Edit: This is something else I’ve written on the issue:
It is a four pillared, or pronged, argument:
1.) There is no self. So, it is literally impossible that anything can be only in the mind of an “I”, because “I” is a mere conceit. Even an individuals private thoughts are not the property, nor product of an “I”, but rather are dependent conscious events that rely on many other factors. From here, there are things, and labeling them for this game is pretty pointless, as the egocentric embarrassment of the anthropocentric view that the whole universe is some singular human trait, belonging to one self, is nullified. We are mere suffering, piled up like grass and sticks (Vism XIII.31, SN 5.10), so there’s no logic in talking about the Yogacara view of all being in the mind of grass and sticks. Only an omnipotent, or very nearly omnipotent being could prove, and actually, legitimately claim they have a self, so this cannot be argued against. Unless, well, one were at least nearly omnipotent. Then one could argue, but then, what omnipotent person would care about this at all?
2.) All of these ideas rely on language. If language is omitted, they cease to be. Thus, they are purely a language game, and do not really exist, nor have any validity beyond the game. Unlike unavoidable facts of the Theravada Dhamma, like anicca, dukkha, anatta, and many others that exist whether we put them into words or not, Yogacara has zero existence unless put into words.
3.) If language is allowed, we find linguistic problems with these ideas, paradoxes, fallacies, contradictions, and, so, we find they don’t work.
4.) Even if one agreed that everything was a Yogacara or Madhyamaka type, or similar, illusion of some kind, that wouldn’t lead any intelligent person to declare this idea as fact forever, quite the opposite! Any smart person, upon deciding they’d been completely fooled, that literally everything was an illusion, would have to admit that they are gullible, the opposite of wise, and so this should lead to philosophical quietism, like the Ajnanas. Because, if they think they can see through a great illusion, they must admit that this may be an illusion, too, and that may be another illusion, and on to vicious infinite regression. Only a fool would think that concluding they’d been fooled about all things meant they were smart, and could teach others about it. Or that reading, or hearing a Mahayana teaching that declares that everything, including the very Mahayana teachings one learned it from, are unreal, is a defensible, coherent position. If they are correct, then, by their own definition, they cannot be correct. Thus, these ideas fall even when assumed as correct. Fools preach Yogacara/Madhyamaka subjective idealism/anti realism/extreme relativism/extreme nihilism. Smart people, after working through them, and seeing that all of these ideas suffer logical fallacies, and are incoherent, untenable nonsense, may take a quietist stance. Truly wise people go with the Theravada Dhamma, which teaches us how to see the truth in what we already experience, rather the opposite of pretending we may see that literally everything is imaginary, or some other such nonsense.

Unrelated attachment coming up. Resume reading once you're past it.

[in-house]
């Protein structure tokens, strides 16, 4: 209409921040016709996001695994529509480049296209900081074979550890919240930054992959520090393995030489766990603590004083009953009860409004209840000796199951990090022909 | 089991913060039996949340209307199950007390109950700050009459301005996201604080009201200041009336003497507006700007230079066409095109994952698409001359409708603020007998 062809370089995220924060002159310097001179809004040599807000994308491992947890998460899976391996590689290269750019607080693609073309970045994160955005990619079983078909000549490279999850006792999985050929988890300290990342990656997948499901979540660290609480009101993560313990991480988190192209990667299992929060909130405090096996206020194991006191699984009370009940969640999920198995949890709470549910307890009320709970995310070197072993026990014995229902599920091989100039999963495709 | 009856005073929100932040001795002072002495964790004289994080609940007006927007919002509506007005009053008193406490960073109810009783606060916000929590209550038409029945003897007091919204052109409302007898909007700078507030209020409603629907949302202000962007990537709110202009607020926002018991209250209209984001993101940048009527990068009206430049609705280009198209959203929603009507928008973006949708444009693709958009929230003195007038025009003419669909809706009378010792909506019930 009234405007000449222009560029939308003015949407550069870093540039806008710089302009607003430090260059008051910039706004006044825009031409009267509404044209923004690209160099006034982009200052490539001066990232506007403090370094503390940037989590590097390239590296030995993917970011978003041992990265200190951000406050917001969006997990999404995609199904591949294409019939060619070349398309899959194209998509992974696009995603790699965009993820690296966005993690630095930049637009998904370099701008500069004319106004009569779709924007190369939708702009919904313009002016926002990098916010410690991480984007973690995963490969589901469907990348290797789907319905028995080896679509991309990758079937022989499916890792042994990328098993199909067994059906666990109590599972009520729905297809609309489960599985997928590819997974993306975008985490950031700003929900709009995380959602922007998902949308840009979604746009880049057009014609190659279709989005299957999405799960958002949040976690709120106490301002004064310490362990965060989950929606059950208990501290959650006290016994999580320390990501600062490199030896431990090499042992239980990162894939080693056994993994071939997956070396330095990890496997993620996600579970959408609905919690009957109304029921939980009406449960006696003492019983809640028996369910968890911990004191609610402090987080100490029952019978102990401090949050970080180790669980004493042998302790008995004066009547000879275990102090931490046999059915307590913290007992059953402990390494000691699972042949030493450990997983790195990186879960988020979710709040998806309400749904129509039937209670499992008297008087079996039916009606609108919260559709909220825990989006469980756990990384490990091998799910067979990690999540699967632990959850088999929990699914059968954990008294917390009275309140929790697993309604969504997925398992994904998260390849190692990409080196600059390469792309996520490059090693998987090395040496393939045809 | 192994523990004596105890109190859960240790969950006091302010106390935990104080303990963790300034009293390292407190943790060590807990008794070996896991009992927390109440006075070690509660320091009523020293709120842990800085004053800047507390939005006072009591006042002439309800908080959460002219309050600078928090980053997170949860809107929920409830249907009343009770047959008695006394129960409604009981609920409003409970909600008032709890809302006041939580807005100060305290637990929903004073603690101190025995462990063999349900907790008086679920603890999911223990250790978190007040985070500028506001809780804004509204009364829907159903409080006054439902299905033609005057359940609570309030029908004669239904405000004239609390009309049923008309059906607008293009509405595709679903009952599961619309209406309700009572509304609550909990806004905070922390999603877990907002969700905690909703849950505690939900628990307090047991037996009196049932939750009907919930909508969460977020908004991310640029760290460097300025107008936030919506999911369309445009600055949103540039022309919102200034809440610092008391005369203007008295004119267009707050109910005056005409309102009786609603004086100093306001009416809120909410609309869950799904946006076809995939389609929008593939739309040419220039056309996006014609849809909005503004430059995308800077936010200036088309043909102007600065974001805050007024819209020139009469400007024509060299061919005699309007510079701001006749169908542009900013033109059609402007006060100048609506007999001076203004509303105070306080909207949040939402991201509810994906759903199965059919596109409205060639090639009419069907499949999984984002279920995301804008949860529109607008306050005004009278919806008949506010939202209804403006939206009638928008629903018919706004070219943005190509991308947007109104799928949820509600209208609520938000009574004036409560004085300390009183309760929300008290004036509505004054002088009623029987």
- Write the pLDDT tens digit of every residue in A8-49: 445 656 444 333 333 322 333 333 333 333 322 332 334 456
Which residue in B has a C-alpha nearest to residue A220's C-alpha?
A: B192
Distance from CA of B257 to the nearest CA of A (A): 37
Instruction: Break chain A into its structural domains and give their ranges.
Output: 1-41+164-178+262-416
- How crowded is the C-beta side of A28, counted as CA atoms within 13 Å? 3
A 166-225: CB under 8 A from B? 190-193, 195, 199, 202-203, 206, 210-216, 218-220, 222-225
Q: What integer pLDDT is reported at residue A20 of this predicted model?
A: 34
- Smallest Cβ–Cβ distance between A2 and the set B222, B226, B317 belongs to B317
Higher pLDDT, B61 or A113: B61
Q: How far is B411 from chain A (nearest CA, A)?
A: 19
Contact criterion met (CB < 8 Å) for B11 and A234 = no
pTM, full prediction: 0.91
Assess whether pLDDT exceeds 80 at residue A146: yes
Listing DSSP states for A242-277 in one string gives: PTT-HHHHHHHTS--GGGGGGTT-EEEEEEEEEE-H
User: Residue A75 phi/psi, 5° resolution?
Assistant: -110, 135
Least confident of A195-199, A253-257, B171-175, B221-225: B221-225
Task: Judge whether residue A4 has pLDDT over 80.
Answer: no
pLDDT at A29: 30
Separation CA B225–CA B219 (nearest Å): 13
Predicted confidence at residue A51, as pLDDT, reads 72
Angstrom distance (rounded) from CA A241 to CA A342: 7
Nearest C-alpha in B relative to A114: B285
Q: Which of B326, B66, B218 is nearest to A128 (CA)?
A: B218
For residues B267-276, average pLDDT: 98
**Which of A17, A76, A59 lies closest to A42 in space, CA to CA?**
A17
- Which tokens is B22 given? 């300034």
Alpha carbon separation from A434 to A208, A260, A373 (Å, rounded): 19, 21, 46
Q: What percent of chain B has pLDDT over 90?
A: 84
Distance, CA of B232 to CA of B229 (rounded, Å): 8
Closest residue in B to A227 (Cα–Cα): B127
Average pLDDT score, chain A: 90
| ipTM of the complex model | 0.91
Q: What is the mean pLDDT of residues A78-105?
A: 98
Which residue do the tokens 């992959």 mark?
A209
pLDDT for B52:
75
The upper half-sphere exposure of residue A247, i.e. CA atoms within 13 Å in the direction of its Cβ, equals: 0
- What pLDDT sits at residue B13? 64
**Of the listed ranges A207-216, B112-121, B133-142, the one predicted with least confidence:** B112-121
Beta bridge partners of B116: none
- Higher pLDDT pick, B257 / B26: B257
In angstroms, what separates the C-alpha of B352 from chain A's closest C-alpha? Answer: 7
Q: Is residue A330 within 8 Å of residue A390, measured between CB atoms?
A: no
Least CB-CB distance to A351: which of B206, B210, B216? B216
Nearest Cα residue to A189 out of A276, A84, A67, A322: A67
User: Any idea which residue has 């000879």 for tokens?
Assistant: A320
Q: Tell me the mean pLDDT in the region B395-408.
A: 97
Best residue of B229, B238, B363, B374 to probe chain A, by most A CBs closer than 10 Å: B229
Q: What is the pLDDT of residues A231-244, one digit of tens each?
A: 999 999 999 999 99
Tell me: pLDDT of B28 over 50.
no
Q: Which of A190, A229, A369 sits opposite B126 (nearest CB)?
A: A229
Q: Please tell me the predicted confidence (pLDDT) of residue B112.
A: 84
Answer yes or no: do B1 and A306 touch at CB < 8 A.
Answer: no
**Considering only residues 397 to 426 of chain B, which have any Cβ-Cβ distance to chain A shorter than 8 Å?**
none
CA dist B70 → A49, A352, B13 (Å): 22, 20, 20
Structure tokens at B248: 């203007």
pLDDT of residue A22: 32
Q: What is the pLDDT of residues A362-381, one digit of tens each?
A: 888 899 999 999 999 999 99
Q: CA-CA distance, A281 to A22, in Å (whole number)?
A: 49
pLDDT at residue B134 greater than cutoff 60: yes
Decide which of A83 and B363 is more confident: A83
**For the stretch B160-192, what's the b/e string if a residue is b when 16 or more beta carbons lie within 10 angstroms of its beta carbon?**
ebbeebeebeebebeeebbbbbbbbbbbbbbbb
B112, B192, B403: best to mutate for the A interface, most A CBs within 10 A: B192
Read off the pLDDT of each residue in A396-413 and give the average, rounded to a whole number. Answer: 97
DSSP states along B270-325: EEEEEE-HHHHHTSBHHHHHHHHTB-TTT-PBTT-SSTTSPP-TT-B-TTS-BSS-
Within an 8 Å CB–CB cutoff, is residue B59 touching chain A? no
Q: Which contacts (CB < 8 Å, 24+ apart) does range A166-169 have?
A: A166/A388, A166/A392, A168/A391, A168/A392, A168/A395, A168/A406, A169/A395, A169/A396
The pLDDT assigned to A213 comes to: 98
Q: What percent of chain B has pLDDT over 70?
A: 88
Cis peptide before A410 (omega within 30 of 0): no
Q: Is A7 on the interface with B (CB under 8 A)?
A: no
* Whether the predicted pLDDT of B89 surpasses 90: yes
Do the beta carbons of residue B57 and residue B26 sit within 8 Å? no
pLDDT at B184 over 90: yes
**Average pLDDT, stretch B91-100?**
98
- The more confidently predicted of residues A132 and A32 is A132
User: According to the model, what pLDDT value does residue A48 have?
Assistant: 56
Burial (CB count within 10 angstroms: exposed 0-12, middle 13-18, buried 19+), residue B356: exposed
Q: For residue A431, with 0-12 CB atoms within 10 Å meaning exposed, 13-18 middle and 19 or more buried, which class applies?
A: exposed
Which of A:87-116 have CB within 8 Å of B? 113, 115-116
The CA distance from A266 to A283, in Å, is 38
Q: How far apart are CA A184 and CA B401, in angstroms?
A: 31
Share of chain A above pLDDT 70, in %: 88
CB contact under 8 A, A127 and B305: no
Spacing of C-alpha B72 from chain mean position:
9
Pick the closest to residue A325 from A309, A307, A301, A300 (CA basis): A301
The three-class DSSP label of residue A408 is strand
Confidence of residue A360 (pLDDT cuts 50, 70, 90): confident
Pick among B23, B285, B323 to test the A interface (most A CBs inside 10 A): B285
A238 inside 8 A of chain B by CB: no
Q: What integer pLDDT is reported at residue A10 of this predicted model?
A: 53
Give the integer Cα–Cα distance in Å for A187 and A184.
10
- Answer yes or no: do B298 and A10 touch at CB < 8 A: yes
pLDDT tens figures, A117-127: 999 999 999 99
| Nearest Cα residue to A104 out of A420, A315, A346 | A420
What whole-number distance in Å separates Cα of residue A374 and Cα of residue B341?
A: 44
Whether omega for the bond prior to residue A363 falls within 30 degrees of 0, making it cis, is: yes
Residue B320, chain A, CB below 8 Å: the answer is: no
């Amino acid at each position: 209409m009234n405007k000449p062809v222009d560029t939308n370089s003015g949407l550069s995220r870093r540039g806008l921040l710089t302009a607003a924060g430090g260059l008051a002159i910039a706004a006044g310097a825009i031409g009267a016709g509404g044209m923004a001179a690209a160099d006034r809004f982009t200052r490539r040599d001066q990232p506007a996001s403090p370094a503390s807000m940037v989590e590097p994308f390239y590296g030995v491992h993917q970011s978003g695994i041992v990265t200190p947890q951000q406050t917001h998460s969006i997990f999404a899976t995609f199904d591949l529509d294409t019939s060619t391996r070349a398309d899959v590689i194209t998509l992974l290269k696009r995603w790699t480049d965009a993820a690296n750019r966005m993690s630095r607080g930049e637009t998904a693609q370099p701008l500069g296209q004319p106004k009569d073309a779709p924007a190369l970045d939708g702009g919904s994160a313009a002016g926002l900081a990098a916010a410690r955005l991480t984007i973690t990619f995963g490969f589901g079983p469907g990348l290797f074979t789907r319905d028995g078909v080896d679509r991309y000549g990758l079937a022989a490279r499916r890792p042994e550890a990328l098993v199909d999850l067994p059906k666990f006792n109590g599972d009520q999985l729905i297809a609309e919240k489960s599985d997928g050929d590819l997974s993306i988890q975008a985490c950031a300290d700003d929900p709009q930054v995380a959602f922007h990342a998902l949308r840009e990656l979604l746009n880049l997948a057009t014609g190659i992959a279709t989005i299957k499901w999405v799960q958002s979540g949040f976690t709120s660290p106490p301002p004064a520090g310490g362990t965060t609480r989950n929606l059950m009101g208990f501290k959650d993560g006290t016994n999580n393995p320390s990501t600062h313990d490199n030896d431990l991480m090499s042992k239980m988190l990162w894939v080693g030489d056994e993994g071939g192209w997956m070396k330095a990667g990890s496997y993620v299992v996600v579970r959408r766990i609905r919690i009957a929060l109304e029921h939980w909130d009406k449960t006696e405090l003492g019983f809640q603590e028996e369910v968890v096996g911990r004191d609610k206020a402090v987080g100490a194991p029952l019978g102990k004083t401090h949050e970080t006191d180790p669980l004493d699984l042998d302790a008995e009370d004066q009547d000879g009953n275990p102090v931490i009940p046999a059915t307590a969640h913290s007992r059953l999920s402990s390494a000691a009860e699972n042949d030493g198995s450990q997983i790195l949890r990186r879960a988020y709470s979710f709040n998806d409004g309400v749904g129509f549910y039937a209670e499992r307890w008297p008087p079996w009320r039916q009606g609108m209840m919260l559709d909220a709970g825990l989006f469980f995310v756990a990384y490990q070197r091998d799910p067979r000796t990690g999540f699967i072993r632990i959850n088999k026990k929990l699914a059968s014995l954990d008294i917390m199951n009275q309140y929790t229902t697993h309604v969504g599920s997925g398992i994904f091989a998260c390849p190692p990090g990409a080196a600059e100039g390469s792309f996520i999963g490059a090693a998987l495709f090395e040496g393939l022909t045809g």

For a wise, thinking person there are only two choices: Realism (like Theravada) and similar, or Philosophical quietism and similar. No one who truly understands language and logic could stay on Yogacara/Madhyamaka subjective idealism/anti realism/Extreme Nihilism/Extreme relativism/etc. forever, at least not if they are honest with themselves, and others, and seeking truth, rather than a game, or mindless faith, because, while they are games masquerading as truth that can ensnare anyone, wise people always see the fallacies, contradictions, and other problems in these philosophies, eventually, and walk away.